Utility Union Gets Some Relief in Work Van Issue

     MANHATTAN (CN) – An utility company cannot upend penalties it faces for unfair labor practices and undermining union bargaining power, the 2nd Circuit ruled.
     Rochester Gas, whose natural gas and electricity powers customers in nine New York counties, allowed its low-voltage workers to keep company vans at their homes during off-duty hours for more than 15 years.
     In late 2005, the company announced that its employees would need to start parking those cars in the company garage on New Year’s Day.
     The Local Union 36 of the International Brotherhood of Electrical Workers complained to the National Labor Relations Board that the utility did not allow collective bargaining over vehicle change policy and its effects.
     Disappointing both parties, the NLRB found that Rochester Gas should have bargained with the union over the terms of the vehicle policy change, not the policy itself.
     The board granted the union an award of limited back pay for the lost value of using company vehicles after work.
     In cross-petitions to the 2nd Circuit, the union sought wider bargaining power and greater damage awards, and the utility insisted that it had the right to make the changes unilaterally without compensation.
     A three-judge panel upheld the NLRB’s ruling Thursday, applying a “two-step inquiry” to decide whether the union waived its collective bargaining rights.
     “First, we ask whether the right subject to collective bargaining is clearly and unmistakably covered by the contract,” Judge Jose Cabranes wrote for the panel. “Second, if it was not, we ask whether the union has effected a clear and unmistakable waiver of its right to bargain. If the alleged waiver is not clear and unmistakable, we will find that the union has not waived its right to bargain.”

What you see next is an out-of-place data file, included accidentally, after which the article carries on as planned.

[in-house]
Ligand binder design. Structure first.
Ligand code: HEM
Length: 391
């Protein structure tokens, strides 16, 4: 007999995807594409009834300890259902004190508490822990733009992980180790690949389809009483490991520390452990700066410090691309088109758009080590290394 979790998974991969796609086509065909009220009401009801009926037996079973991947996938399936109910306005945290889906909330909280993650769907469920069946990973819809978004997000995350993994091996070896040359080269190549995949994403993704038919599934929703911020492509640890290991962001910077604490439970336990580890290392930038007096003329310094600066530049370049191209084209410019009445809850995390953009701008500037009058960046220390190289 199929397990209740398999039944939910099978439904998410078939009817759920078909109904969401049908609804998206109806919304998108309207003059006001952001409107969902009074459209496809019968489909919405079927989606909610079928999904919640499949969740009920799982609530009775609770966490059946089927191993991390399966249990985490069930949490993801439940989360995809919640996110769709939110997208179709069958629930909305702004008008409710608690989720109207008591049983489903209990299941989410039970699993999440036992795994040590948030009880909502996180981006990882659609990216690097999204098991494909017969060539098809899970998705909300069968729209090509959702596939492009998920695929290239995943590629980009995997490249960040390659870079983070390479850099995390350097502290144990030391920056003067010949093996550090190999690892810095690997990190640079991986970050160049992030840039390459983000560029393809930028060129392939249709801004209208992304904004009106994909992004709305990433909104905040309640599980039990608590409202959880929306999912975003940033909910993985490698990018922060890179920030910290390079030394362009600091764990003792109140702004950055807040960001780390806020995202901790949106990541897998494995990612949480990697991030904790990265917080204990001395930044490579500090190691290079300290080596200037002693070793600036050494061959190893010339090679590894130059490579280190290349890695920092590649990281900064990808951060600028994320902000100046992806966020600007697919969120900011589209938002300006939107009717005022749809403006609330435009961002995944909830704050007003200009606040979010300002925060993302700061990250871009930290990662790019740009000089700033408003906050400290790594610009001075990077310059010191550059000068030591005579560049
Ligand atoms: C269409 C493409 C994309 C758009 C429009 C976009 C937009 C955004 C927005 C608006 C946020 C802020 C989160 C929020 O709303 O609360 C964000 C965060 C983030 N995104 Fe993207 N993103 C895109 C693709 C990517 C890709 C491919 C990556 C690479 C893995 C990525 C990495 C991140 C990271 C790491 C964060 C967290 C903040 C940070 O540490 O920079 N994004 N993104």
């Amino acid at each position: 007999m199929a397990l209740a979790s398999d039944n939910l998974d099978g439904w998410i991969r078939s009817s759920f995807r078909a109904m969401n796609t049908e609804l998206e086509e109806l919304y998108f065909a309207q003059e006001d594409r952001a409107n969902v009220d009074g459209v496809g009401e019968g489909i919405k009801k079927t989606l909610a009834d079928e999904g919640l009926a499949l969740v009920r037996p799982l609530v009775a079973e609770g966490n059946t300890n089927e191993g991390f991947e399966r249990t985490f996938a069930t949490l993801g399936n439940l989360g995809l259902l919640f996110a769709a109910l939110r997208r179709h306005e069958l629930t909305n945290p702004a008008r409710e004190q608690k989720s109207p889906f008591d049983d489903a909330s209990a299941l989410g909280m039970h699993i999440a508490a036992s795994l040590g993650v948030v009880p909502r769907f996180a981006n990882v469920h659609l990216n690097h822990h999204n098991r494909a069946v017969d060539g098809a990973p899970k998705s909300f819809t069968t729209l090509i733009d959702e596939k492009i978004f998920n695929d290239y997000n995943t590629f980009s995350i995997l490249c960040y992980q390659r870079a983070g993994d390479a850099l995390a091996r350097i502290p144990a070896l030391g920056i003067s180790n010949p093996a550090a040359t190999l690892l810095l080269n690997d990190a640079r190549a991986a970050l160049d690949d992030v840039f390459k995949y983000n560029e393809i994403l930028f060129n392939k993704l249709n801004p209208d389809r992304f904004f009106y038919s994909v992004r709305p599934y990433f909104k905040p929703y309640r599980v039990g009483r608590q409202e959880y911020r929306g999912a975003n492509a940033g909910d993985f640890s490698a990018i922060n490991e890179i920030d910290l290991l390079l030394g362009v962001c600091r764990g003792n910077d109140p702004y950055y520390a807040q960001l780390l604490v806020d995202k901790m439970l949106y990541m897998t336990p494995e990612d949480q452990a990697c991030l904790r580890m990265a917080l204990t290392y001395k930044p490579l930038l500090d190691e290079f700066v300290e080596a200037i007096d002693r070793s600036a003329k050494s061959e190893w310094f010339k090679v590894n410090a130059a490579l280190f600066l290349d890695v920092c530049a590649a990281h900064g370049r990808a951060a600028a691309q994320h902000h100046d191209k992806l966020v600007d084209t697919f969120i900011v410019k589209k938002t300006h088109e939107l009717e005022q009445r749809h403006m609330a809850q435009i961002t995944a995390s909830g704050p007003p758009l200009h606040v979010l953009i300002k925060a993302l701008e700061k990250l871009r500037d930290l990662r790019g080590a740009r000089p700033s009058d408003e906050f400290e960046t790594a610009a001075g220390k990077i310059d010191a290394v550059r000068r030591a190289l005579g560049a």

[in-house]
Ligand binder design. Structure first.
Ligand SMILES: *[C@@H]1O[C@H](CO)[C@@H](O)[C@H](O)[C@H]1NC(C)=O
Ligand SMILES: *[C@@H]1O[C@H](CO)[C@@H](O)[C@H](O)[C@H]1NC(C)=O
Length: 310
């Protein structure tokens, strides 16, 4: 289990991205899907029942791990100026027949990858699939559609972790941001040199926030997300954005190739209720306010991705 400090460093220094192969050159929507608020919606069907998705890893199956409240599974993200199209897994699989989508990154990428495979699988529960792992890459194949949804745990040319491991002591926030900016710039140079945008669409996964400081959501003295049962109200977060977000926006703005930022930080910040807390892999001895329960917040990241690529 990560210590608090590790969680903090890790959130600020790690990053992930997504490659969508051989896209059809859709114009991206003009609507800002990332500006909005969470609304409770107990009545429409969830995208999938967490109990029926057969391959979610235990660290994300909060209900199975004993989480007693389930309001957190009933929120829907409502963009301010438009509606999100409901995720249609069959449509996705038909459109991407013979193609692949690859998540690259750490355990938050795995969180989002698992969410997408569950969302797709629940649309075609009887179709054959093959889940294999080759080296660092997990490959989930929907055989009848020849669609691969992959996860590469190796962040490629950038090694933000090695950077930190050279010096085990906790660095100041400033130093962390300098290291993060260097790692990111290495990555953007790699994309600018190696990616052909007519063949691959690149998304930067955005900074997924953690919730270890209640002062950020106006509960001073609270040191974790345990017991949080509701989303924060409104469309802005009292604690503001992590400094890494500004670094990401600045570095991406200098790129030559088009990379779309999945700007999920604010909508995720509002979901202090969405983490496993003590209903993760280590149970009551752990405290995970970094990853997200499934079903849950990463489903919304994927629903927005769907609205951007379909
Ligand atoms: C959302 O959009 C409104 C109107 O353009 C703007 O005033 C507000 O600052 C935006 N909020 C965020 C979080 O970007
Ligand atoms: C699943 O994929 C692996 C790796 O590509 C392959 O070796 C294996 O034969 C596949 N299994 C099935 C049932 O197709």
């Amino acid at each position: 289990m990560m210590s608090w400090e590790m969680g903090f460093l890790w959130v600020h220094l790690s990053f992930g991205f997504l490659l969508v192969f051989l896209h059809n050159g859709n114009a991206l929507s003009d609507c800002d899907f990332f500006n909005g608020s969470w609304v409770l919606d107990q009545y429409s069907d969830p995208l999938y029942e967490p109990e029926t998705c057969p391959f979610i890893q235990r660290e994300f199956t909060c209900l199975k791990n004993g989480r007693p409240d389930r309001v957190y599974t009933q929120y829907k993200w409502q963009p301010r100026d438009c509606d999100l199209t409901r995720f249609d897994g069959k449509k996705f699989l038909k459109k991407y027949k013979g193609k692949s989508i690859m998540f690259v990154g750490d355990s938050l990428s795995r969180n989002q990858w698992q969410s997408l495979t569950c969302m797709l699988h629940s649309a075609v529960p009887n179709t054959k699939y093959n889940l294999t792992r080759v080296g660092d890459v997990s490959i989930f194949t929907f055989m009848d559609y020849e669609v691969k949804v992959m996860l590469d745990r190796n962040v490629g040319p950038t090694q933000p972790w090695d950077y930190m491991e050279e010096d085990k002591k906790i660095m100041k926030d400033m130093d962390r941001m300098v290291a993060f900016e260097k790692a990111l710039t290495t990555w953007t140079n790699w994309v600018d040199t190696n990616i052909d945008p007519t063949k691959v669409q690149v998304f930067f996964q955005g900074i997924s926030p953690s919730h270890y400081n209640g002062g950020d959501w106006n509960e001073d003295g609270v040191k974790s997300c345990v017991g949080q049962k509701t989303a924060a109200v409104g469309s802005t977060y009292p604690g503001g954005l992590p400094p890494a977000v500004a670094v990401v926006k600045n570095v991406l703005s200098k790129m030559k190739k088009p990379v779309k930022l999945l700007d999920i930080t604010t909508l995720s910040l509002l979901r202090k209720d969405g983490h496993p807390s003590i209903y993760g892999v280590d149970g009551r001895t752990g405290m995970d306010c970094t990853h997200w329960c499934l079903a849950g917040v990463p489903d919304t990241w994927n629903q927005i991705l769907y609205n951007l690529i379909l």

The NLRB made the correct decision because the parties’ collective bargaining agreement neither covered the vehicle policy change nor waived the union’s rights, the 25-page opinion states.
     An award of limited back pay “demonstrates the careful attention” that the NLRB paid to the case, according to the ruling.
     “The board’s choice of the limited back pay remedy in this case was well within its broad remedial discretion,” Cabranes wrote.
     Judge Chester Straub wrote separately to chide the majority’s “two-step framework” as an “unnecessary innovation.”
     The NLRB’s “clear and unmistakeable” waiver standard, endorsed by the Supreme Court, would have yielded the same findings, Straub said in a concurring opinion.

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